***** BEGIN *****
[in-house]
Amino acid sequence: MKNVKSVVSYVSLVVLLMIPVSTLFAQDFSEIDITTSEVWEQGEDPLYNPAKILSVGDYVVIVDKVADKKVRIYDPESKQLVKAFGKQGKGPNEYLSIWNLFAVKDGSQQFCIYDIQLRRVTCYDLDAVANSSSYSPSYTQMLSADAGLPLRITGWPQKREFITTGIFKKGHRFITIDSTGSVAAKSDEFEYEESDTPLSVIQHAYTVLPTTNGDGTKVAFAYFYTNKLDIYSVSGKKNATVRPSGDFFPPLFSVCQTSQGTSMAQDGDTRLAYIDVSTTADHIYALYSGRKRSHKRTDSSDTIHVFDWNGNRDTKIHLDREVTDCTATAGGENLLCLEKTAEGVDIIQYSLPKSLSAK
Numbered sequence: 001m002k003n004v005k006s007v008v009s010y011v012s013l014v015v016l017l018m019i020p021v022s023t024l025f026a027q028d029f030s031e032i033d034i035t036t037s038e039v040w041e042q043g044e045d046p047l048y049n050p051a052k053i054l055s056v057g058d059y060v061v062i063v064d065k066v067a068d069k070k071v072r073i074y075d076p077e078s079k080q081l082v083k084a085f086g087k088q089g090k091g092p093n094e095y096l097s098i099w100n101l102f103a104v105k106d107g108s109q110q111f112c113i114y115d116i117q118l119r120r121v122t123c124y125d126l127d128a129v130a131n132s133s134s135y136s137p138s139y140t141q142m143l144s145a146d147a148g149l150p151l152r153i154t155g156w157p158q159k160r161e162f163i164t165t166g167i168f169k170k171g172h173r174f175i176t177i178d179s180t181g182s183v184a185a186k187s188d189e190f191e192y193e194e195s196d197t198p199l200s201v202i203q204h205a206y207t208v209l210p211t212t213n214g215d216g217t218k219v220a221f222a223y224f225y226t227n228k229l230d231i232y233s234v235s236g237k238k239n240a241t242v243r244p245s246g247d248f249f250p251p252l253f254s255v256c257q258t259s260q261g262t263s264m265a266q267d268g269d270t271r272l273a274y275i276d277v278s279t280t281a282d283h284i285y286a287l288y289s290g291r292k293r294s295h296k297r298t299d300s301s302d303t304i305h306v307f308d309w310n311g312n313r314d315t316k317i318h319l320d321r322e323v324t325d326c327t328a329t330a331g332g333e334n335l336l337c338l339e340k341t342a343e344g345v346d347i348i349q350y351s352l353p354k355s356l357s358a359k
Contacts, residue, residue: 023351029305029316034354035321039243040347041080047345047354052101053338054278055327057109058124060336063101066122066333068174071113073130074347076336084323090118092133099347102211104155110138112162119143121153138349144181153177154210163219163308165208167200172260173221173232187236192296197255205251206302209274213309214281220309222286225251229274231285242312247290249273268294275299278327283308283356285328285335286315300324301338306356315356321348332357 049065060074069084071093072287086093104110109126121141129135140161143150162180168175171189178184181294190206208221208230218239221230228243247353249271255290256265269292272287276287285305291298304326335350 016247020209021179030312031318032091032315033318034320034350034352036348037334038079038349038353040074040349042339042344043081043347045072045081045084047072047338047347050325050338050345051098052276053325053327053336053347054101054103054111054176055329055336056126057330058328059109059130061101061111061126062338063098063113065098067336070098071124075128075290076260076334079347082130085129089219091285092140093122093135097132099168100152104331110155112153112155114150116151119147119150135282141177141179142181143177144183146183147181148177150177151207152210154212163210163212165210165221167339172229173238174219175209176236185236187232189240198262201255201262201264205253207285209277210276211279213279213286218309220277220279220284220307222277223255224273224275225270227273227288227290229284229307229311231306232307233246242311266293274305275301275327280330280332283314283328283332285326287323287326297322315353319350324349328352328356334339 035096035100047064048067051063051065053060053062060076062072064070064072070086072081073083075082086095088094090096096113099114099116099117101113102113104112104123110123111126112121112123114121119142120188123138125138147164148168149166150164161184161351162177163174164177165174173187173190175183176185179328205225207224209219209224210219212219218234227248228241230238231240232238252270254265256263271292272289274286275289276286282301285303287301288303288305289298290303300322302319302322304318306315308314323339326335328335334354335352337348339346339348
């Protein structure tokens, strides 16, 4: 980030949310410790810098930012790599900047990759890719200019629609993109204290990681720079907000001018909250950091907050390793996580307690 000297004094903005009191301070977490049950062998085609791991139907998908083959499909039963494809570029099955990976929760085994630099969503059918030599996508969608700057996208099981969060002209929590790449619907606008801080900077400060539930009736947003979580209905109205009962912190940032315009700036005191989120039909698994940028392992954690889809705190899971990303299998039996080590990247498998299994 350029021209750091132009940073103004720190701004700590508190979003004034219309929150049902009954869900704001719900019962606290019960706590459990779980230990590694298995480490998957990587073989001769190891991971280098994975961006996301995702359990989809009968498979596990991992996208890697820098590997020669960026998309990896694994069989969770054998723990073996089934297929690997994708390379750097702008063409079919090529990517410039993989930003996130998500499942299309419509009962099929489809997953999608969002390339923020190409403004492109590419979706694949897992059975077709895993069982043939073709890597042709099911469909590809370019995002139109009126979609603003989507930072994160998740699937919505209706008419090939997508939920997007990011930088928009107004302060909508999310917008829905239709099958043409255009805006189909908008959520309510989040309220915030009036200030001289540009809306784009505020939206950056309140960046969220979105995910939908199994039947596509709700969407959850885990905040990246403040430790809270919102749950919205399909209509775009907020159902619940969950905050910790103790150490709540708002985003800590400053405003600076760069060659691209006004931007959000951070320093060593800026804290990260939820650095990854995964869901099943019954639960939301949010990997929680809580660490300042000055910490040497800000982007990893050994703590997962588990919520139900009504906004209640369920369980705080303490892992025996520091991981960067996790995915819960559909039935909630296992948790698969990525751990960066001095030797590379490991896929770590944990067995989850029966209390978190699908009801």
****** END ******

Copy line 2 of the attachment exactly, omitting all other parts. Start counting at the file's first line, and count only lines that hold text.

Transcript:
Amino acid sequence: MKNVKSVVSYVSLVVLLMIPVSTLFAQDFSEIDITTSEVWEQGEDPLYNPAKILSVGDYVVIVDKVADKKVRIYDPESKQLVKAFGKQGKGPNEYLSIWNLFAVKDGSQQFCIYDIQLRRVTCYDLDAVANSSSYSPSYTQMLSADAGLPLRITGWPQKREFITTGIFKKGHRFITIDSTGSVAAKSDEFEYEESDTPLSVIQHAYTVLPTTNGDGTKVAFAYFYTNKLDIYSVSGKKNATVRPSGDFFPPLFSVCQTSQGTSMAQDGDTRLAYIDVSTTADHIYALYSGRKRSHKRTDSSDTIHVFDWNGNRDTKIHLDREVTDCTATAGGENLLCLEKTAEGVDIIQYSLPKSLSAK